If the gold of Egypt is some sort of “truth” – a “created order” thing, being used in a cultural way – perhaps, for the purpose of this post, a persuasive technique, or musical style… it seems to me there are four options for this thing:

1. Leave it in Egypt – assuming the gold itself is inherently bad – because people use it to make idols.
2. Bring it with you, as is, or make it your own idol – like a golden calf, at the foot of Sinai.
3. Bring it with you, because gold is beautiful – recognise its goodness without worshipping it – music whether written to honour God – like Bach, or written as a recognition of the way ordered sounds can work together to create pleasure – captures something of the goodness of creation, as music.
4. Bring it with you, use it to glorify God – build the temple out of it, artistically, with sculptures. People will then both understand a good God made it, and understand that this Good God is Yahweh, who reveals himself in creation, and the redemption of creation.

The first seems to be Spurgeon’s approach when it comes to what happens in church, the fourth seems to be what Augustine advocates… it’s no secret that I think Augustine is right – my masters project is going to be an application of his principle to modern communication theories. Here’s the money quote…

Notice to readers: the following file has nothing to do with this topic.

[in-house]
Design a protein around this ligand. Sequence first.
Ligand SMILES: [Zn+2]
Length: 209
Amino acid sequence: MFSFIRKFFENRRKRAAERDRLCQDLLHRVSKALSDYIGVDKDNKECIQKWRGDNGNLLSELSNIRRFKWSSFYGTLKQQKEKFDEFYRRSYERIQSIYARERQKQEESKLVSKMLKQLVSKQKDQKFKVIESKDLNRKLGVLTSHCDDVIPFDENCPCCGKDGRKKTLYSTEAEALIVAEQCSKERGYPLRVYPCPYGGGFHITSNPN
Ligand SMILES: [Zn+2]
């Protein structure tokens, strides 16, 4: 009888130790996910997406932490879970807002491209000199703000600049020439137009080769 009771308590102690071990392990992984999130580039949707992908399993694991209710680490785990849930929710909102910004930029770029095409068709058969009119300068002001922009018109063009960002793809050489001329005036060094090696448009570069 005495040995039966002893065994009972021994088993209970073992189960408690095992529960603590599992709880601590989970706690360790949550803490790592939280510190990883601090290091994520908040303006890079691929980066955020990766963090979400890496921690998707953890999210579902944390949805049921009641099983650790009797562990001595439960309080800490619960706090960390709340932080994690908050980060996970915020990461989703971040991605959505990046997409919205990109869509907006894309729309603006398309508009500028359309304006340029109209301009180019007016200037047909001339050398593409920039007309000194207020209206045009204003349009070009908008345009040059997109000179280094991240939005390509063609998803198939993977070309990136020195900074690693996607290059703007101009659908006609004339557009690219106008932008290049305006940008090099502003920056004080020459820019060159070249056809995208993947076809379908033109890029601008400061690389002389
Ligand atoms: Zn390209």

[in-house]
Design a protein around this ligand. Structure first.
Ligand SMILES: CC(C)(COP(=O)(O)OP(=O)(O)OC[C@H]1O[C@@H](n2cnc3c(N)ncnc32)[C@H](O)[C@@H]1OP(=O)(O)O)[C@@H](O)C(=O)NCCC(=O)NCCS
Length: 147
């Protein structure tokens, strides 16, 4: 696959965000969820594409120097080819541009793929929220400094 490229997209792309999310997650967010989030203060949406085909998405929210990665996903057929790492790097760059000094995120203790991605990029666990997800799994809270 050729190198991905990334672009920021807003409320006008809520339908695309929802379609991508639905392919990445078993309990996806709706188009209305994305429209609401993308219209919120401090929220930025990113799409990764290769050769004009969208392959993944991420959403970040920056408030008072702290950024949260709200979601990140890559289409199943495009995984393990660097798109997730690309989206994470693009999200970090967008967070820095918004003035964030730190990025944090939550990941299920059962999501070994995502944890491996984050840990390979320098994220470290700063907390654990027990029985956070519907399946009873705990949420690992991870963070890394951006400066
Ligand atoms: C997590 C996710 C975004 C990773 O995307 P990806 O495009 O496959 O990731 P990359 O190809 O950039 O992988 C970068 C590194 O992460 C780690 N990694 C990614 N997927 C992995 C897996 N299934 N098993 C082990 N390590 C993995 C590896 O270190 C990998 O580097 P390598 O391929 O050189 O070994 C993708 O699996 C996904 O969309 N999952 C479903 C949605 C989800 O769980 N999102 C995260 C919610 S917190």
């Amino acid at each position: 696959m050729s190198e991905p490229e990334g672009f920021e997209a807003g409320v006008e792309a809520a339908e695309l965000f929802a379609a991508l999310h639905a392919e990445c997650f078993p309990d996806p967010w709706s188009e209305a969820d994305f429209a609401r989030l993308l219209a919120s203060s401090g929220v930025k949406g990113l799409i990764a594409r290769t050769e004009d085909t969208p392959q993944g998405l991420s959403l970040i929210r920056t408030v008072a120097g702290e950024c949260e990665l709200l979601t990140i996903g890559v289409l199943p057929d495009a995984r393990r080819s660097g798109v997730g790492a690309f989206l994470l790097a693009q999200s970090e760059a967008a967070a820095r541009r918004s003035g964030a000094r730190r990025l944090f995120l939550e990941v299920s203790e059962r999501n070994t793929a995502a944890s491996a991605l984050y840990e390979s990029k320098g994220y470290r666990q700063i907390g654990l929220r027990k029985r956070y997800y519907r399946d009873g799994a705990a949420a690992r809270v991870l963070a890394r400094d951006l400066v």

“…all branches of heathen learning have not only false and superstitious fancies and heavy burdens of unnecessary toil, which every one of us, when going out under the leadership of Christ from the fellowship of the heathen, ought to abhor and avoid; but they contain also liberal instruction which is better adapted to the use of the truth, and some most excellent precepts of morality; and some truths in regard even to the worship of the One God are found among them. Now these are, so to speak, their gold and silver, which they did not create themselves, but dug out of the mines of God’s providence which are everywhere scattered abroad, and are perversely and unlawfully prostituting to the worship of devils. These, therefore, the Christian, when he separates himself in spirit from the miserable fellowship of these men, ought to take away from them, and to devote to their proper use in preaching the gospel. Their garments, also —that is, human institutions such as are adapted to that intercourse with men which is indispensable in this life — we must take and turn to a Christian use.”